For someone who spent much of his childhood indoors, nature and the outdoors are now vital to my health and productivity. After doing my morning routines, I go outside for a piece of sky and fresh air. Whether the sky is dropping rain or sunshine, just being outdoors completes my waking up. Midday, sated with work indoors I step outside, walk among the flowers, look up at trees, inspect the bugs and worms at their labors, and I am refreshed.
This was not always so. It was the first thing I did after I moved into a condominium twenty years ago. People move to a condominium to free themselves of mowing the grass and maintaining the shrubberies and trees. I dug up sod and planted a garden. I was fortunate to have the assistance of my friend, Don Choy, who had worked extensively in greenhouses in Chicagoland. He pointed to a shrub and informed me of its scientific and common names. Naming is how items from both Heaven and Earth become presences in our life. Remember Elohim in the Hebrew book of Genesis?
Donald told me the natural histories of each species he named, what it required to flourish, what color flowers it was known to bear, and how it was propagated. As we dug up rocks and stones from what had been a gravel pit, I listened to biographies of plants I had given short shrift to before. We threw in bags of composted manure and top soil, stuck starts and sowed seeds, and wonder in me growing, I had my first vegetal babies. Every spring thereafter, and in the fall, too, I added new plantings and dug up more sod. The garden grew until I decided to end warfare with the condo association and let the landscape crew henceforth widen my borders as they wished as they did their spring maintenance.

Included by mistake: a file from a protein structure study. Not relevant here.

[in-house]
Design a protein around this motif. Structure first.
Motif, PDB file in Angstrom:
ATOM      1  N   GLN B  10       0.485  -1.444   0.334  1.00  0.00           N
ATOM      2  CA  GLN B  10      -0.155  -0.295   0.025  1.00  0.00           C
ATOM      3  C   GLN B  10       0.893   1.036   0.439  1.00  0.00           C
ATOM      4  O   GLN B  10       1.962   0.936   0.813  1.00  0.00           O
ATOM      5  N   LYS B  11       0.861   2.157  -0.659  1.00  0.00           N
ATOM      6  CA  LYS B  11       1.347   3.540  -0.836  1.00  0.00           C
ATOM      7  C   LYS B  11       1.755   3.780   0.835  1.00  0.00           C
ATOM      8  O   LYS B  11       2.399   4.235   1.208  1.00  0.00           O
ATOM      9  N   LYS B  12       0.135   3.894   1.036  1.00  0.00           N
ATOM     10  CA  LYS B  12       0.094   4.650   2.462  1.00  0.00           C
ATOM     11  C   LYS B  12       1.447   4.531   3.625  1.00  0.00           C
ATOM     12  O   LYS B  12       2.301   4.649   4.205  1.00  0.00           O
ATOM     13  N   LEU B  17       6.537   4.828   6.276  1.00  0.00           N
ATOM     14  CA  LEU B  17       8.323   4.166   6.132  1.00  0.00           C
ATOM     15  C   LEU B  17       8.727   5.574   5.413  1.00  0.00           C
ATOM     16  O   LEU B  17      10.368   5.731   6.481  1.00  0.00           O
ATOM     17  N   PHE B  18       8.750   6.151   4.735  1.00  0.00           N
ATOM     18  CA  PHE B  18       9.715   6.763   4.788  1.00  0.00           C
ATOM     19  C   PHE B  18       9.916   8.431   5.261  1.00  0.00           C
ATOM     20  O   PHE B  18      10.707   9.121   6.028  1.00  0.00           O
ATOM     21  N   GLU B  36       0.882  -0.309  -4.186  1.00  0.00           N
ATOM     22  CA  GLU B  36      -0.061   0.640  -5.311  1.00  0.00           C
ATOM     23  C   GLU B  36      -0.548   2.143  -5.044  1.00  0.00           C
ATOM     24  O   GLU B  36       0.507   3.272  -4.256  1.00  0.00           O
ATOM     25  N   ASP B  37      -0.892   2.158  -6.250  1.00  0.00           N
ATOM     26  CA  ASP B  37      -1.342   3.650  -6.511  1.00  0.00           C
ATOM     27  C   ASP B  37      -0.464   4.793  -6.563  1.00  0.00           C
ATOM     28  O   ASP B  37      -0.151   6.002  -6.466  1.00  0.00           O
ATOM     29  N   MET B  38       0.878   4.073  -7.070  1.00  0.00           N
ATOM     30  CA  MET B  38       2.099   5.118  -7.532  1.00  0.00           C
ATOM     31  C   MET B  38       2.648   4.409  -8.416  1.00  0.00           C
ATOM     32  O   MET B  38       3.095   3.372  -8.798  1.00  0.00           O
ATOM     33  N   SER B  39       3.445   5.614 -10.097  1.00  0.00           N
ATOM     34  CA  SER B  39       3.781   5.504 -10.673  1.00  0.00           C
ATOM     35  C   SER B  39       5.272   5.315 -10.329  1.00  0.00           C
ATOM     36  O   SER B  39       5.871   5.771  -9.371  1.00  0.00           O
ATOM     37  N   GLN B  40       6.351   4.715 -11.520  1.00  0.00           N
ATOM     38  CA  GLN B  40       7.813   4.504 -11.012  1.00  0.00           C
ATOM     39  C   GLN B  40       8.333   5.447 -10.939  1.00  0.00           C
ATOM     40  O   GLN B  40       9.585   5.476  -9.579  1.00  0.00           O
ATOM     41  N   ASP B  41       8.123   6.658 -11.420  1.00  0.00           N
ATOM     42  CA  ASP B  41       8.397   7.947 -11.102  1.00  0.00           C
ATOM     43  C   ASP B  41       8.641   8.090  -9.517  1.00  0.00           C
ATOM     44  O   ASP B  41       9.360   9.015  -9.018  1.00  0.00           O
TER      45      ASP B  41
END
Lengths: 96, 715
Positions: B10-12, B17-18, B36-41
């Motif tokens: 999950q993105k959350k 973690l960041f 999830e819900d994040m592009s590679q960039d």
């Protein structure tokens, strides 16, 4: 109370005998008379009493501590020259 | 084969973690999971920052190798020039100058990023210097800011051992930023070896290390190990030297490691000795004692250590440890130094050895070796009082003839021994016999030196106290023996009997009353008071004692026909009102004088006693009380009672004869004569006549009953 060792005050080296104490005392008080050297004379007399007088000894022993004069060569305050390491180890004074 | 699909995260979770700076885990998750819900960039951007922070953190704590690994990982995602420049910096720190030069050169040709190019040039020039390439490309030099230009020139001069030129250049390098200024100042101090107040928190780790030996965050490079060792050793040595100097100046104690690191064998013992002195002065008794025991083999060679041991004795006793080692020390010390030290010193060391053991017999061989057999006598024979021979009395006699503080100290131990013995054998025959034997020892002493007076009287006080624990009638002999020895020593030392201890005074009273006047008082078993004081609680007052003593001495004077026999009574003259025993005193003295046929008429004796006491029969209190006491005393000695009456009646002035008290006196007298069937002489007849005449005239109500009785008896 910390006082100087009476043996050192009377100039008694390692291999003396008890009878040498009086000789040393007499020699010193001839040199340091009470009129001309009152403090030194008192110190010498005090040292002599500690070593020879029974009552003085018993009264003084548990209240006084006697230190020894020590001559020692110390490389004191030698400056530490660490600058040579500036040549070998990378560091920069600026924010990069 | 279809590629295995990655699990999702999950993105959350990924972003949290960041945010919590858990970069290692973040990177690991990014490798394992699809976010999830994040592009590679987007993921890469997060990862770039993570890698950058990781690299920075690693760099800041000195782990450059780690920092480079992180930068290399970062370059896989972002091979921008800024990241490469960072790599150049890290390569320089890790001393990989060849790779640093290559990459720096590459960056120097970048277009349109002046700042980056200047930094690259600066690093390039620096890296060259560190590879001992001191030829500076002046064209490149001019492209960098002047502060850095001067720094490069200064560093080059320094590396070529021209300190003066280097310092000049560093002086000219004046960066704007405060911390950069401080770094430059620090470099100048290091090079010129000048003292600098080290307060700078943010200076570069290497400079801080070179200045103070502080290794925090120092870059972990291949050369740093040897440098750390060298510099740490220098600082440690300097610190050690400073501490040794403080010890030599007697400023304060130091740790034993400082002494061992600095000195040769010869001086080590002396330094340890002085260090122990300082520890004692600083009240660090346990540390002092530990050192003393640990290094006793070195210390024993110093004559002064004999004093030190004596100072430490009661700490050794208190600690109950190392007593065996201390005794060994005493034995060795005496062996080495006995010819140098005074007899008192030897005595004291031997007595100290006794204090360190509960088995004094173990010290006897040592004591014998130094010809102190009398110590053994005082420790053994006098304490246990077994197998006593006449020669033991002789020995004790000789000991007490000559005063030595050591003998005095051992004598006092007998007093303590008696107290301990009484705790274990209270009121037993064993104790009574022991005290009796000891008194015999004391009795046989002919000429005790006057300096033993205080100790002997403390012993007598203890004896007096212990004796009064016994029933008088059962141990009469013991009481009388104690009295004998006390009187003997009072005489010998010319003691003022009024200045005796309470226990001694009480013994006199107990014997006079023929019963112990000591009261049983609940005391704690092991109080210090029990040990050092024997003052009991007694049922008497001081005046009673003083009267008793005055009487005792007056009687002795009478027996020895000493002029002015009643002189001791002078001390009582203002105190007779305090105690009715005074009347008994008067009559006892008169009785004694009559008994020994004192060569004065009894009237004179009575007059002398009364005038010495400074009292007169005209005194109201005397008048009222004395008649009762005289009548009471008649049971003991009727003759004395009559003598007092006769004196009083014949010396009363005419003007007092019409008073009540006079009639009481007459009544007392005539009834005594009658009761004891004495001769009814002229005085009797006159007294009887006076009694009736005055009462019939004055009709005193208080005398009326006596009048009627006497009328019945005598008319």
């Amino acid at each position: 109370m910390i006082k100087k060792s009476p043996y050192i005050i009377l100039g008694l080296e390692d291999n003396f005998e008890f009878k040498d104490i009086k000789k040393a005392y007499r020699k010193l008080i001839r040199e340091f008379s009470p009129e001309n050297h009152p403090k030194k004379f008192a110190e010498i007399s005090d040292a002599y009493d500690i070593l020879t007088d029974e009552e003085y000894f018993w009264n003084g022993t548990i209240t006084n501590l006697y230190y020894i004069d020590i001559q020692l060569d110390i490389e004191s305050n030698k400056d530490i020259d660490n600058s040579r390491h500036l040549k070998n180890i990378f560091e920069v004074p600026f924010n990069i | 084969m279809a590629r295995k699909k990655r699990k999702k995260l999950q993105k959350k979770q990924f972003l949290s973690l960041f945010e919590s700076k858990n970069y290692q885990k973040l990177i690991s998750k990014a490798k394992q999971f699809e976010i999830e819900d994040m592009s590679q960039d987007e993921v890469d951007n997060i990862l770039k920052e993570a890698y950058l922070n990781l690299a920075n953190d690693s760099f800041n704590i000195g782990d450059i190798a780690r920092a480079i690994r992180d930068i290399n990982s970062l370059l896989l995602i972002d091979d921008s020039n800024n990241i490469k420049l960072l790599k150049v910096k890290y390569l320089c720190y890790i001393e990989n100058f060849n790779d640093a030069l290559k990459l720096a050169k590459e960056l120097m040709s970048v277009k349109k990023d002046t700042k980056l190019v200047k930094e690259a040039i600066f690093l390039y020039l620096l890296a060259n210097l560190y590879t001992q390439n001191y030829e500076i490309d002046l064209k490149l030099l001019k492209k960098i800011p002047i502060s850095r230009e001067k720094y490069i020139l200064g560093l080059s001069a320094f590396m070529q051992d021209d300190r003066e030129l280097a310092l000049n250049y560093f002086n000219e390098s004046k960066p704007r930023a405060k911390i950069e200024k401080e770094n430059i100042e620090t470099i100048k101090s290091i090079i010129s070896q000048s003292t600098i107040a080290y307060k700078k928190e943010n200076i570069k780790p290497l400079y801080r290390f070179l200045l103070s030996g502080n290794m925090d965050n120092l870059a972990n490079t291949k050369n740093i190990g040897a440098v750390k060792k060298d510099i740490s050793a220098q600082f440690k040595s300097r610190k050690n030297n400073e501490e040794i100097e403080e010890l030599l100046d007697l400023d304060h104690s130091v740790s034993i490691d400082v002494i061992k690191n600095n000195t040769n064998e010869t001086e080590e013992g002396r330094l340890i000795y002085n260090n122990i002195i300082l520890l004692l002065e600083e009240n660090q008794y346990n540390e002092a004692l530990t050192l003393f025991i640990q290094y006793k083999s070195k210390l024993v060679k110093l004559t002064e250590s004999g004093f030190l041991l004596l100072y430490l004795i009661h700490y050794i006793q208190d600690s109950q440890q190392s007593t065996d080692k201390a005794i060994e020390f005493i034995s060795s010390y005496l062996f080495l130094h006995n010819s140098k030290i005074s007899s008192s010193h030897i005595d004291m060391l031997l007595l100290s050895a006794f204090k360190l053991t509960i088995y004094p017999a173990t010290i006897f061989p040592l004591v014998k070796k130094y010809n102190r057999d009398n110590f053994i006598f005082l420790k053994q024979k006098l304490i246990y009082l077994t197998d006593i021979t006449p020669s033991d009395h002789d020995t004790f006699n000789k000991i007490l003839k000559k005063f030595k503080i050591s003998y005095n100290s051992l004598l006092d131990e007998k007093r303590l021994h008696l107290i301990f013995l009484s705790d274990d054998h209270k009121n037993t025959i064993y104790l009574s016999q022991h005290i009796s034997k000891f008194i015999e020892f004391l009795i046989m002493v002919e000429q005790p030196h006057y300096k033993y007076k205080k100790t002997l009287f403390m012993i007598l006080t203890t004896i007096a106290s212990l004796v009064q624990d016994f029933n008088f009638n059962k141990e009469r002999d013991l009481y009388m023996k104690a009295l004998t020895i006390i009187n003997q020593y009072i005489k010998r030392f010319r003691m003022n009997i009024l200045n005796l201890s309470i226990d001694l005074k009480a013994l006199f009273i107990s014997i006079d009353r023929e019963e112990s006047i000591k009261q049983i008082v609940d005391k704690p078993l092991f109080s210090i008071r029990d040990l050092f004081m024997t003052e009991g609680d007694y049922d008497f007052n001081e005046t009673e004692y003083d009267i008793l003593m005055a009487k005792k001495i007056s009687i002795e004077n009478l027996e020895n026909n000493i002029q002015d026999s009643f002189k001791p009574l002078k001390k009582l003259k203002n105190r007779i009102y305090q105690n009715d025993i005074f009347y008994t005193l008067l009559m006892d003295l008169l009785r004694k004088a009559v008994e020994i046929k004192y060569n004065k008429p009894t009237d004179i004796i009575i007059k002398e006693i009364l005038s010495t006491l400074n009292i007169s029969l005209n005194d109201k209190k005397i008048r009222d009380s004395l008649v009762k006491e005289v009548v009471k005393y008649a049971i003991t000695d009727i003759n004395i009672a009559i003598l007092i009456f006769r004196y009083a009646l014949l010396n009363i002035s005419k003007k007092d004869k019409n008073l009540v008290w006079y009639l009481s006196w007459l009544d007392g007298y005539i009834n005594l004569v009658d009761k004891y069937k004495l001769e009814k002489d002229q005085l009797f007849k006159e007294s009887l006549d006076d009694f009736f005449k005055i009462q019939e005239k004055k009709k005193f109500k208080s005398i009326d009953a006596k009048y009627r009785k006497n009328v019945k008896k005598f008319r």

Plant life, I found out, was like human and animal life. Plants may not move about as much or as widely as we do; they may not express their preferences as quickly; they may not speak or growl or purr or quack but like us they are alive and to be alive is to change with unfolding circumstance. I learned about myself from watching plants grow, wither, flourish, procreate, die.
To see a World in a Grain of Sand
And a Heaven in a Wild Flower,
Hold Infinity in the palm of your hand
And Eternity in an hour.
The Poet of Righteous Fury was right. In Auguries of Innocence he linked nature outside us with nature inside. Both spoke in the same tenor, really of the same life or source of life.
A Robin Redbreast in a Cage
Puts all Heaven in a Rage…
A Dog starv’d at his Master’s Gate
Predicts the ruin of the State…
And for me, most touching:
Each outcry of the hunted Hare
A fiber from the Brain does tear.
Blake’s hallucinatory images are as gripping today as they were in 1803. These lines may exculpate us of responsibility if we read them while asleep:
Man was made for Joy and Woe;
And when this we rightly know
Thro’ the World we safely go.
To know that life inherently brings joy or sorrow is to try to name what joys we can propagate, what sorrows exterminate. Inside and outside, the same drama of loss and gain, of rejection and attraction, of hatred and love. I walk in the garden then come back in to compose my thoughts. Man is made for joy and woe….
Posted via email from Duende Arts